Devil's Advocate: Come, All Ye Heretics

by Anthony Cossette

 

Judging by your confusion at the title of the column and this article, you, dear reader, are perhaps wondering what lies in store for you as you dare to read these not-so-sacred words in a fundamentally Catholic newspaper operating at a Catholic university. Yes, you may require a quick confession and absolution from our friends, the Jesuits, after just one glance at what I have to write about. I assure you, however, that there will be no outlines of satanic rituals to perform or the typical religion bashing that the prototypical atheist savors to accomplish simply for the sake of being an obnoxious provocateur. I believe we have long since grown past the days of witch-hunts that our neighboring Salem used to conduct in the days of yore.

These introductory remarks beg a simple question that yields no easily discernible answer: “Why would a professed nonbeliever be writing in a religious newspaper?” For one, I was practically raised as a Catholic. I was anointed in the customary Sacrament of Baptism as an infant, attended a Catholic grade school from kindergarten to the eighth grade, and then went on to a Jesuit high school. Throughout most of this period, I was your bread-and-butter neighborhood Catholic, receiving the Sacraments of Reconciliation, Confirmation, and Communion. I attended Mass on most Sundays, lest I incurred the great wrath of God for committing a mortal sin by sleeping away His precious time. So what would cause me to change this trajectory and become an apostate of Catholicism and organized religion in general?

 

The reasons for my eventual rejection of the tenets of Catholic faith were not due to an intense dislike of anyone within the Church, but because of my radical questioning of the truth and import of Catholic doctrines, as well as because of my doubts concerning the very existence of a theistic God. The word “radical” does not imply that I am a rabble-rouser seeking to generate controversy left and right. In fact, “radical” comes from the Latin word radix, meaning “root.” So, to be philosophically “radical” means to grasp the “root” of the matters at hand which, in this case, are the roles and purposes of religion in our modern society. The specifics of these concerns go well beyond the scope of this article. My intention is that subsequent issues will further elucidate my views so as to generate discussion and dialogue between members of all faith, including those of no faith. The so-called “culture wars” that the modern American media likes to portray as genuine intellectual inquiry often seem nothing more than mere eristics, or two sides engaging in a style of pointless debate centered on winning and beating the opponent’s argument. The world is already full of issues in addition to these age-old antagonisms. Let’s not seek to exacerbate the tensions by citing all the artificial boundaries separating each of us. We should opt instead to find agreement and commonalities among ourselves so we can come to pursue actual solutions to the vexing and persistent difficulties plaguing our planet, such as poverty, wanton destruction to our biosphere, petty nationalistic politics, and war. So let’s attempt to set aside prejudicial differences and join me as I extend my hand out to you in warm greeting as your local, friendly, neighborhood agnostic.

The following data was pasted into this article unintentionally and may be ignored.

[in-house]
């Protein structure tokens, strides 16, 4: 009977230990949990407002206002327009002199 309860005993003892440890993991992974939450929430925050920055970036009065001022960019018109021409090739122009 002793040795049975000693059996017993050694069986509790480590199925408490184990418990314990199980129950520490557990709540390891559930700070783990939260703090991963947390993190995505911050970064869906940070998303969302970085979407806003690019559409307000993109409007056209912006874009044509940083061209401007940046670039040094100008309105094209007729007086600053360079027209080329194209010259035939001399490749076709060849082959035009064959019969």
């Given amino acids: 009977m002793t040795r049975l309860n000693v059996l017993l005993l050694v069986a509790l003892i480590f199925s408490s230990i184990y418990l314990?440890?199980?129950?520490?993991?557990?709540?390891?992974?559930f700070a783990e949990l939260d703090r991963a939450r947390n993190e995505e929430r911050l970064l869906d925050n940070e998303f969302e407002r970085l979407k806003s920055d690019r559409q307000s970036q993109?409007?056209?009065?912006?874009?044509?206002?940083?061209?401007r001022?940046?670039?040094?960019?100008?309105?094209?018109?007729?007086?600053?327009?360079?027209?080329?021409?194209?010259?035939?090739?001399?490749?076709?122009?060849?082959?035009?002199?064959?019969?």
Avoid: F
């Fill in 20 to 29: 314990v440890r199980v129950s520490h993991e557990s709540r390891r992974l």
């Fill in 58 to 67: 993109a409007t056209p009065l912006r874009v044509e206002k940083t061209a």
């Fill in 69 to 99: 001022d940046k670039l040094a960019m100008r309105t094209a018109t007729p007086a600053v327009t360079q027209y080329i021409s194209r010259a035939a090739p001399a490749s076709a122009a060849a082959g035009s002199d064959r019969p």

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Comments: 2
  • #1

    Ninth Crusade (Wednesday, 25 September 2013 16:40)

    Thank you for wasting one minute of my time. I don't care what faith you profess, but please, I implore you, write something worth reading (rather than an egotistical biography).

  • #2

    Horus (Thursday, 03 October 2013 02:21)

    In response to Ninth Crusade's criticisms, I would like to point out to that user the purpose of the article. Since this is the columns section of the newspaper website, there are several themed article series. This happens to be the first one by the author so he justifiably needs to introduce himself. I do think the author could have had better word economy and more accessible word choice.

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